Energy considerations with the TANGO Programming Model and Runtime

One of the recent trending topics in computer science research is the reduction of energy and power consumed by computers. Part of this research is focused on providing low power architectures and accelerators which can achieve good performance at low power. However, an application should be modified to take advantage of this heterogeneous architecture.

Characterizing your application power profile using TANGO Device Supervisor

TANGO project aims to deliver the best way to run application with low power consumption. TANGO helps defining the right hardware (CPU, GPU, FPGA …) according to the application needs. The Device Supervisor (defined in the global TANGO architecture) is in charge of managing the available resources from their allocation to their usage. One of the key parameter to follow is the energy consumption.

TANGO for the Embedded World

Two decades ago, parallel programming was a technology restricted to large scale specialised applications that were running in computing centres. Today’s picture is very different with the generalisation of multi-core processing devices, not only inside desktop computers, but inside embedded and mobile devices as well.

Image processing, The Internet of Things (IoT) and cloud computing are examples of domains in which concurrent cooperative programming, that-is-to-say parallel programming, develops widely.

TANGO Development-time tooling: Guiding software design decision for exploiting heterogeneous hardware platforms’ capabilities

Designing and developing software with an efficient execution on distributed environment with fairly standard homogeneous processing nodes is already a difficult exercise. This complexity explodes when targeting a heterogeneous environment composed not only of distributed multi-core CPU nodes but also including accelerators with many-core CPUs, GPUs and FPGAs.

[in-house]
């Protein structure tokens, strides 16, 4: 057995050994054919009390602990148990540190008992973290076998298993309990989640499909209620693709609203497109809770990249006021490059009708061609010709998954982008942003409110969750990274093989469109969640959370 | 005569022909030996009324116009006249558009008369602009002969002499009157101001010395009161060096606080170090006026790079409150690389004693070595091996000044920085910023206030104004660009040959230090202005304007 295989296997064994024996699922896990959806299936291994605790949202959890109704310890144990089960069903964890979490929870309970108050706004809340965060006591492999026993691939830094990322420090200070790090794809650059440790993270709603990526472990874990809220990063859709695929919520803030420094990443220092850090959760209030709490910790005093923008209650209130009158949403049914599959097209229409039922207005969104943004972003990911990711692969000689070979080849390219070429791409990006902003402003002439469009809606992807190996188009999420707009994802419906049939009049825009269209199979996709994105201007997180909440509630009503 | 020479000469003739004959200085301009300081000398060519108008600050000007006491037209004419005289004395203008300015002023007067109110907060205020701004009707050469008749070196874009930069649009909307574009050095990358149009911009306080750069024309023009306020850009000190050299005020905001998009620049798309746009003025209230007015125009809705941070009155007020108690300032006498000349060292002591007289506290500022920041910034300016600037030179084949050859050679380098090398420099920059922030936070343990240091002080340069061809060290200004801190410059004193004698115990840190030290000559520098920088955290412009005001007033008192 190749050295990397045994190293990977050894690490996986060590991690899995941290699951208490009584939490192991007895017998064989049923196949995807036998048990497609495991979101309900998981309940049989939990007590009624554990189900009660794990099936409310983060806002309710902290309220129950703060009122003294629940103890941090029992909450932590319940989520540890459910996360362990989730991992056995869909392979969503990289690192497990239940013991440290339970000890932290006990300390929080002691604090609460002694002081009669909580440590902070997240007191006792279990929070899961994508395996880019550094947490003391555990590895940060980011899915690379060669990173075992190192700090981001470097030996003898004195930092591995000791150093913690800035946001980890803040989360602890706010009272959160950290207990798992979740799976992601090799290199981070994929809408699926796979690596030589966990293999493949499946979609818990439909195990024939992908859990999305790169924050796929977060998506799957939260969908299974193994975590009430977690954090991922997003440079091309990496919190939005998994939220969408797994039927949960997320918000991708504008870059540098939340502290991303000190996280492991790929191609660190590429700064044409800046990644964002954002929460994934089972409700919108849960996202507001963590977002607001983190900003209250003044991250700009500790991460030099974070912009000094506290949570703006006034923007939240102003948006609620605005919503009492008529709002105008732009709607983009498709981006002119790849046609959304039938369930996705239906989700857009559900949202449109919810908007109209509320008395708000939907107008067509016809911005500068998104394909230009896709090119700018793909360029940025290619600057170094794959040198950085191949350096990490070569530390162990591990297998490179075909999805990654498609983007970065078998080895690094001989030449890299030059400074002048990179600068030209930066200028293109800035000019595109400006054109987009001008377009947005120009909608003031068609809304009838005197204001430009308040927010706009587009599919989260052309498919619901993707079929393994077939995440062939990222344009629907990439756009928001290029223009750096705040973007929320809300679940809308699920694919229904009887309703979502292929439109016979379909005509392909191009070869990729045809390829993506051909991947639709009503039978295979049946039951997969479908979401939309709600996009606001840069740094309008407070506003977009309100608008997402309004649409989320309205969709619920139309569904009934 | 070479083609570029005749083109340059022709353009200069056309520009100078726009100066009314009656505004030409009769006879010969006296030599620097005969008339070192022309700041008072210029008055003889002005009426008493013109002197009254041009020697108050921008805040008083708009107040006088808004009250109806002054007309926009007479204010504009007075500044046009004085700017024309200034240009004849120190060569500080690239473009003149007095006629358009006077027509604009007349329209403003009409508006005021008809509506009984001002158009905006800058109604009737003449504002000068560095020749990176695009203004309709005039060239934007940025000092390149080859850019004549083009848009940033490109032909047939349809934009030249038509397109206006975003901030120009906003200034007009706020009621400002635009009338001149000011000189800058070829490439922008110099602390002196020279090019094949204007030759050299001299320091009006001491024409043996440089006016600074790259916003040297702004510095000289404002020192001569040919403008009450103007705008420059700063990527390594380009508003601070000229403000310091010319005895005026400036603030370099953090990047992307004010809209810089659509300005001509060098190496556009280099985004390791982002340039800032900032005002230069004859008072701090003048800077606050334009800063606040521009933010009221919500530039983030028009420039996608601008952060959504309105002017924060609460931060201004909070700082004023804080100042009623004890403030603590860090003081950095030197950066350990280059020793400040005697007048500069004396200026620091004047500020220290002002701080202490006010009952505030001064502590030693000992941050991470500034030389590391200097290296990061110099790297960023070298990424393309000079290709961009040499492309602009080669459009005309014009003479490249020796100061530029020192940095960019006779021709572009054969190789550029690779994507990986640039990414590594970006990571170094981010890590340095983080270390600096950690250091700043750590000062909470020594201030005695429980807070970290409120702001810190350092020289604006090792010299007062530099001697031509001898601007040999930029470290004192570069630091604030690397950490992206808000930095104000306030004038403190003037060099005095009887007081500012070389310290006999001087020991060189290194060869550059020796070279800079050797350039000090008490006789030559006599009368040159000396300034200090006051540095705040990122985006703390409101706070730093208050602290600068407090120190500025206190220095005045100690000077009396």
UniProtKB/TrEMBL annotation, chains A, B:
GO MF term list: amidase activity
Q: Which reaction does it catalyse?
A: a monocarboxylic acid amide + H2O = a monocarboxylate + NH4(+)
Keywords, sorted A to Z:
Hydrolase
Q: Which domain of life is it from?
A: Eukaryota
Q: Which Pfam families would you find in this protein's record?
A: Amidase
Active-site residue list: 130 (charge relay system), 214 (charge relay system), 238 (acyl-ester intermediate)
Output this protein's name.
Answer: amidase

Quality of Monitoring Data with IPMI and RAPL

One of the main objectives of the TANGO Project is to be able to optimize energy usage of applications in a HPC environment, including the prospect of handling heterogeneity such as CPUs, GPUs and FPGAs.

A key start to optimisation is the ability to monitor such infrastructures and to ensure the data obtained is accurate and consistent. The accuracy of this data is particularly useful when constructing power models that can be used to estimate future power consumption based upon expected utilisation. In this blog we provide key recommendations and findings from performing calibration on our infrastructure.

Building applications for heterogeneous hardware

When designing the architecture of the TANGO project we saw the necessity of a central component that helps to speed up the building process for different targeted heterogeneous architectures with different optimizations and deploy them if the different testbeds, especially in HPC use case, this ended up in the creation of Application Lifecycle Deployment Engine or ALDE. Let’s check step by step how will be shaped and which functionality and steps it is going to perform.

TANGO updates

Our team has been working hard during the last months to release the first version of the Toolbox and establishing an initiative to strengthen the market using heterogeneous hardware and software. The most relevant things during these last months are:

Monitoring heterogeneous architectures

One of the main objectives of the TANGO Project is to be able to optimize energy usage of applications in an heterogeneous environment –where by heterogeneous we are understating a mixture of different processor devices, such as CPUs, GPUs, FPGAs, DSPs, and so on.- One of the main challenges is to be able to monitor energy usage of those devices without the necessity of intrusive measurements, such as adding over the top physical probes.

Why TANGO? New Needs for Developers in the next new-future

During the last decade the software and computing industry has lived a revolutionary change that deeply impacts on how developers embark on delivering software. The mainstream computing landscape has shifted from single–processor machines, to a multi-core, multi-type machines. This “multi-everything” trend has changed all types of computers, devices (phones, tablets, IoT devices and sensors) plus the option of also using remote cloud infrastructures, also providing heterogeneity.